Although not usually thought of as antiques, trading stamps — the small, square paper coupons with gummed backings that were used as major marketing tools by retailers until the 1970s — have become collectible items. Many of us over 40 or 50 years of age can recall when these often-controversial stamps were highly popular among merchants.
The basic idea behind trading stamps was always to get customers to pay cash, as opposed to credit. Cash-paying customers would get a fixed number of stamps per dollar spent. The stamps would be typically pasted into booklets, which would be eventually redeemed for merchandise. The merchandise could be almost anything, depending upon the store.
The roots of the trading stamp idea can be traced to the 1790s, when a New Hampshire merchant gave away copper tokens that were redeemable for goods in his store. Throughout the 19th century, variations on the idea occurred. The B. A. Babbitt Co. in 1851, for example, put certificates in their soap packages that were later redeemable for colored prints.
The first trading stamps, however, were not introduced until 1891 by the Schuster and Co. department store of Milwaukee. One stamp was issued for every dime spent, and the stamps were then pasted into booklets. They were only redeemable, however, for Schuster’s own merchandise.
Schuster’s success with the stamps was noticed by a businessman named Thomas A. Sperry. In 1896, he and Shelly B. Hutchinson formed a company and began issuing “S&H” stamps. Their key idea was to sell stamps directly to merchants and set up separate “premium parlors” (as they were originally called) where the stamps could later be redeemed for merchandise.
It was quickly apparent that Sperry and Hutchinson had hit on a brilliant concept and imitators soon sprang up. By 1900, numerous stamp companies were in existence.
Problems soon began to develop in the industry. Many companies were little more than scams. In one case in 1905, when B&M Blue Trading Stamps filed for bankruptcy, a major riot broke out in New York City.
In addition, the stamp companies themselves were often victims of fraud. In these early days, before redeemed booklets were incinerated, people retrieved them from the company’s trash and re-redeemed them for merchandise. One stamp company dumped redeemed booklets into the sea, only to discover that divers had retrieved the booklets from the ocean floor.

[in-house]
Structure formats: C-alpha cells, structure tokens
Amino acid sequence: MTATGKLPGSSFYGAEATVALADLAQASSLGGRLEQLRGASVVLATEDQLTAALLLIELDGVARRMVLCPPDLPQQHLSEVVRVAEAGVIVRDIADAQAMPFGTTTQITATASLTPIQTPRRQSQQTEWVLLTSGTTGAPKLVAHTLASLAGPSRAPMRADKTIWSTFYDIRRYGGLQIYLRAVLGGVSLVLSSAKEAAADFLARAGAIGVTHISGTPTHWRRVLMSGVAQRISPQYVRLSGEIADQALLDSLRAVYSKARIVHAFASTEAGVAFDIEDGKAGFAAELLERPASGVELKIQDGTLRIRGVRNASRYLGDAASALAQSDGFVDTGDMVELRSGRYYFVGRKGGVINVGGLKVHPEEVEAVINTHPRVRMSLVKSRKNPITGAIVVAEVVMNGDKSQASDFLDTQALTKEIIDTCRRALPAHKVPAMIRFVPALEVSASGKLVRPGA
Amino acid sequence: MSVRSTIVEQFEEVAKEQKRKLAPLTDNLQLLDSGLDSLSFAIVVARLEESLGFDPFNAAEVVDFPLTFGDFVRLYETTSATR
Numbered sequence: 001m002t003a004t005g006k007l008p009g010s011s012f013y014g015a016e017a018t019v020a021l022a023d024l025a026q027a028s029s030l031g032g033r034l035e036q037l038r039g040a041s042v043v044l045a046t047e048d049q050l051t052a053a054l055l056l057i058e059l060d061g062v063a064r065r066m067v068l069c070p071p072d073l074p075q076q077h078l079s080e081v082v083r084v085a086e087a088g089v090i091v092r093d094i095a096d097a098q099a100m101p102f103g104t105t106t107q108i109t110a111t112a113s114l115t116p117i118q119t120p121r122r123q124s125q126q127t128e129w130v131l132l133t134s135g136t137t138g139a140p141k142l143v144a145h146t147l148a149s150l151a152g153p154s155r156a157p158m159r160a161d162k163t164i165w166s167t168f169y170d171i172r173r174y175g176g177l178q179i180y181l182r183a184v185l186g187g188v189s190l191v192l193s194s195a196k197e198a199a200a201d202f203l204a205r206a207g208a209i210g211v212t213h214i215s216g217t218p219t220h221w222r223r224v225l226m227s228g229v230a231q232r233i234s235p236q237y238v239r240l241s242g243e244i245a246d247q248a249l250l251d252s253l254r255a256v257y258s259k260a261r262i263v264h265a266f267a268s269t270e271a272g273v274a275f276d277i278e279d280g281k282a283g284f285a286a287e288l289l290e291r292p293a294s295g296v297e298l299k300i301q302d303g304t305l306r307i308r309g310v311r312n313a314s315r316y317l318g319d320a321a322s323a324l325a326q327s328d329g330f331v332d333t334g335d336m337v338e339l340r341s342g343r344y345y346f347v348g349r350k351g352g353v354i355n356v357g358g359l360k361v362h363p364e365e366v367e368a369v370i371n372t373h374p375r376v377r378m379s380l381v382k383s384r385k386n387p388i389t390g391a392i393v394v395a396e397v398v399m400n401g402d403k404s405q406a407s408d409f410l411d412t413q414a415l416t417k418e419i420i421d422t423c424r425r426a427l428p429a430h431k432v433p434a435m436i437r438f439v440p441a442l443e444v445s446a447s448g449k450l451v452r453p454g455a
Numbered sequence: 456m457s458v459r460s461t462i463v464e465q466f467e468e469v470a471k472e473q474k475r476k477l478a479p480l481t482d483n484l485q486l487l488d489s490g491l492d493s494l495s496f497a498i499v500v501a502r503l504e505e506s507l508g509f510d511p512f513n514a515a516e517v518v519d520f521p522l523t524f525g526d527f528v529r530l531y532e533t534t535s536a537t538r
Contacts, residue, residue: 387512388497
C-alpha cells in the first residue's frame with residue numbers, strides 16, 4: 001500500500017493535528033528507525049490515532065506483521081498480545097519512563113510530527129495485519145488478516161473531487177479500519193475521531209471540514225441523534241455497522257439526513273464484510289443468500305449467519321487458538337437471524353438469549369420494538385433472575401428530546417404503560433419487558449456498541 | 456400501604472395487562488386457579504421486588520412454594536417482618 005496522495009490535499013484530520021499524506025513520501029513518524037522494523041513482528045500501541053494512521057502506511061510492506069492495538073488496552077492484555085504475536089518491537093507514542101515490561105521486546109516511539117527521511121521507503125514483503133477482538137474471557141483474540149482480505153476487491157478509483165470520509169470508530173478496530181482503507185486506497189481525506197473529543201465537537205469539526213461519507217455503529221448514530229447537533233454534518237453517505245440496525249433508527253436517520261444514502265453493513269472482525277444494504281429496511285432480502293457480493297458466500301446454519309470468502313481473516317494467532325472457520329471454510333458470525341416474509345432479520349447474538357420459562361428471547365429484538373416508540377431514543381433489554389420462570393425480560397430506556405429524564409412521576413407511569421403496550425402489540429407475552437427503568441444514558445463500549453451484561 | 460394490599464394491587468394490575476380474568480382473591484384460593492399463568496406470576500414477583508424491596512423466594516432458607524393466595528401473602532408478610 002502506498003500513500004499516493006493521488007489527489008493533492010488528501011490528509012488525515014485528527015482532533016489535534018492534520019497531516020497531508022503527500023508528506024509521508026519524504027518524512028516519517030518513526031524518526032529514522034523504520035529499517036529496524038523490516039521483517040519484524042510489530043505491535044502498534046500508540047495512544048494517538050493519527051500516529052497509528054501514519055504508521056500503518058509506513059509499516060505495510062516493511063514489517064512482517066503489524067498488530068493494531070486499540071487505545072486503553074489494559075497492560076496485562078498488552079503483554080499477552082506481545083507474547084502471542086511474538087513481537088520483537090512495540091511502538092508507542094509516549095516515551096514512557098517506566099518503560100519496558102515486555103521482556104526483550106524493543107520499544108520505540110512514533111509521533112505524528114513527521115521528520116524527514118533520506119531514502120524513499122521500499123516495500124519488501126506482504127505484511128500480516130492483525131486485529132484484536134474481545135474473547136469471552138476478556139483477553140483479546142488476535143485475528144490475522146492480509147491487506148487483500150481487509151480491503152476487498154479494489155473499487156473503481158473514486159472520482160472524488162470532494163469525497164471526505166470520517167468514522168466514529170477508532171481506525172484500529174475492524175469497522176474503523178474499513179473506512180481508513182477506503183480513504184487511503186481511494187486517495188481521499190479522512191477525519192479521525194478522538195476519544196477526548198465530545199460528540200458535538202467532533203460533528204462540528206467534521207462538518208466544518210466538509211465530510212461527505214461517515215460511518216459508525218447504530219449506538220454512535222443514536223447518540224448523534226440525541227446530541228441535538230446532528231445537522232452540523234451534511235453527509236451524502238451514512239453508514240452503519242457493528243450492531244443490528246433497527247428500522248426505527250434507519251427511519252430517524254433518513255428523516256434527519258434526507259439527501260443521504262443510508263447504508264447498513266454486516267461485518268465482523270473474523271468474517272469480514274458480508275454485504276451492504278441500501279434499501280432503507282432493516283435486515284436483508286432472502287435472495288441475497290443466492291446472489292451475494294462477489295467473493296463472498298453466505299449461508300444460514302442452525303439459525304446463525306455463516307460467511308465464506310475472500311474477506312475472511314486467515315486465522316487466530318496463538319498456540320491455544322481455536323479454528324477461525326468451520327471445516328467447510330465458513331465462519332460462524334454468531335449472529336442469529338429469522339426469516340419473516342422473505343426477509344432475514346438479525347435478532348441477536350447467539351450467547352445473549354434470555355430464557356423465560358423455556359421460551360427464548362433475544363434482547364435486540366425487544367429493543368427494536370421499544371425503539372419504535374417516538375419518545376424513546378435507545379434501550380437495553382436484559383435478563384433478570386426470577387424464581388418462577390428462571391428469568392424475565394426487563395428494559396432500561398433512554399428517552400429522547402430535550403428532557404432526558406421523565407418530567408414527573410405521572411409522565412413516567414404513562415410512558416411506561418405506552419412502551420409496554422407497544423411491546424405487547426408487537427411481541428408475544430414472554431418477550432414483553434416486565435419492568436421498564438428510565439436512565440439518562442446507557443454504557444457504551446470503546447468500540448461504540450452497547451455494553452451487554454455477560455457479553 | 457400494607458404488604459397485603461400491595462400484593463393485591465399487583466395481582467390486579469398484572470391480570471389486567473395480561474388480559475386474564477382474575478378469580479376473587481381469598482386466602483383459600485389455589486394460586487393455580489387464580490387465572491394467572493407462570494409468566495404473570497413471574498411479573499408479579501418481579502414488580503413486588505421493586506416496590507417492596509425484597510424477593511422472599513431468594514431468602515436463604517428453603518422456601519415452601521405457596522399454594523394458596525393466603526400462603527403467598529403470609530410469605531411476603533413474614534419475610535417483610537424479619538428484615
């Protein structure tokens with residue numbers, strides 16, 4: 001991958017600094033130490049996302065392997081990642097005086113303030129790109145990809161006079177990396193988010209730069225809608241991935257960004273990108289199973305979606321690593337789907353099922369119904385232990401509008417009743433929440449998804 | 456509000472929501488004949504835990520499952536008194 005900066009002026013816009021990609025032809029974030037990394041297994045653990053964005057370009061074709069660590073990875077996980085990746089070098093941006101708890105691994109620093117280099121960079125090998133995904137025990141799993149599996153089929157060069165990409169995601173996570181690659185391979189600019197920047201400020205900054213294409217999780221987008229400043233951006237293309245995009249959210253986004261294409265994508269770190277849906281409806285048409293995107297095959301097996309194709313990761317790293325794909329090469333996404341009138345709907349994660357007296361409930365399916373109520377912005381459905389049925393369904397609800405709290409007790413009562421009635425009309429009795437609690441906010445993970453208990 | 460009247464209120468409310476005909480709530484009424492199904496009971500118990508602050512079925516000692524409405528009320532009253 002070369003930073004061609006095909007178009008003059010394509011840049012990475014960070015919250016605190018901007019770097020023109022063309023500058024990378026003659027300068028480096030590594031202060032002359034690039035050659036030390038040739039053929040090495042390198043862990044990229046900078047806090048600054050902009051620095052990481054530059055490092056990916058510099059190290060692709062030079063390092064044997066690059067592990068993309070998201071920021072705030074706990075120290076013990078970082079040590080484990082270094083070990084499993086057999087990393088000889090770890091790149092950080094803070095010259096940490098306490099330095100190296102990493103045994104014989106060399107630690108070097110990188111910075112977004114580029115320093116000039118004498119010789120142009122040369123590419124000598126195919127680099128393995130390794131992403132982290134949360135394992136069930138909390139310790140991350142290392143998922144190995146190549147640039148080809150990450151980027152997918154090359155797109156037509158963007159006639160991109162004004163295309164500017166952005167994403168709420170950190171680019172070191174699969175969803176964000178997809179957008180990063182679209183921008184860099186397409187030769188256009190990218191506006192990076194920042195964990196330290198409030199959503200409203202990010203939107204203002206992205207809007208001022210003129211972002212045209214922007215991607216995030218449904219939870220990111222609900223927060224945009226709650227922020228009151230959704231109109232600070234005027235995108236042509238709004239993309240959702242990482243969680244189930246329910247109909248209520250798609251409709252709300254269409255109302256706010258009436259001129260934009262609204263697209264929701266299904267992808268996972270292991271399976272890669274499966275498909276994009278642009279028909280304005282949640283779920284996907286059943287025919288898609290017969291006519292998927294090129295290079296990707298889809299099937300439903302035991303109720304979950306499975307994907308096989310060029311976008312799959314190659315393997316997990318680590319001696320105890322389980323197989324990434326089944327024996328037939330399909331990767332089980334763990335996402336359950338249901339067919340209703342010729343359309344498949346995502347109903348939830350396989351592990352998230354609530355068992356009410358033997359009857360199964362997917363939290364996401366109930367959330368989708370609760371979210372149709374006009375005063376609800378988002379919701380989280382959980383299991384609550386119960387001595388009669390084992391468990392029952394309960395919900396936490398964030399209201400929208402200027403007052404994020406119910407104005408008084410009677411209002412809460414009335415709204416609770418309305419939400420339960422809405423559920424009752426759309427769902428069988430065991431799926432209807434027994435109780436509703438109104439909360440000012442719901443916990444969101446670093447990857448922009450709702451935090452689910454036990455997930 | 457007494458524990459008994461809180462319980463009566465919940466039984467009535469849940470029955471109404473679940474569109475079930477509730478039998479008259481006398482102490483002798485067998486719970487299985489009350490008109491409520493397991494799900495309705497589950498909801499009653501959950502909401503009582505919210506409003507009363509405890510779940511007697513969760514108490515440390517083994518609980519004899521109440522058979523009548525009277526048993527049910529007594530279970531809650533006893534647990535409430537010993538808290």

The most serious problem from the stamp companies’ view, however, lay with the firms to whom they tried to sell. From the beginning, trade associations mostly opposed the stamps because, since the companies had to buy them, they cut into profits. Firms that did not sponsor the stamps were at a disadvantage. By 1913 or so, many states had passed laws either burdening stamp companies with high taxes or barring them completely.
The stamp companies appealed these laws all the way to the United States Supreme Court, but in 1916 the Court ruled that states did have the power to set restrictions on stamps. One of the justices even called trading stamps “an appeal to stupidity.”
The trading stamp business went into a decline after 1917. S&H survived through its contacts with truck stops and small retailers, but many firms folded.
Until the post-World War II era, times continued to be tough for the industry. In the early 1950s, however, the economy was booming and the times were right for stamps to reemerge. In 1951, S&H worked out a deal with King Soopers of Denver to offer its stamps in their grocery stores. Their popularity was immediately apparent and, in the early 1950s, stamps reappeared throughout the country.
Many new firms entered the industry, but S&H continued to lead the field. In general, smaller companies, especially small grocers, liked the stamps, but large corporations continued to resent them. Despite this opposition, stamp sales to retail businesses rose from $30 million in 1950 to $192 million in 1955.
These numbers, however, did not end the opposition. In 1955 alone, 24 states had bills in their legislatures attacking trade stamps in one way or another. Stamps were entirely banned in Kansas and Washington, D.C. By the early 1960s, however, the stamp companies were winning. Customers throughout the nation simply saw them as a bargain.
It was in this decade of the 60s that trading stamps became enshrined as a cultural part of American life. Dinah Shore was advertising S&H on television. Andy Warhol was inspired by them in some of his art. Trading stamps even appeared on the TV show “Sanford and Son.”
The 1960s also saw the emergence of the trading stamp industry as an economic force. The largest market for G.E. small appliances, for example, was S&H. In the 1970s, however, the oil crisis and an unstable economy led consumers to demand lower prices on items across the board. Interest in trading stamps declined enormously throughout this decade. Today they are still available in a few small company settings, but even S&H is phasing out physical stamps in favor of electronic point systems.
One site today for finding old trading stamps is eBay, where prices are quite reasonable.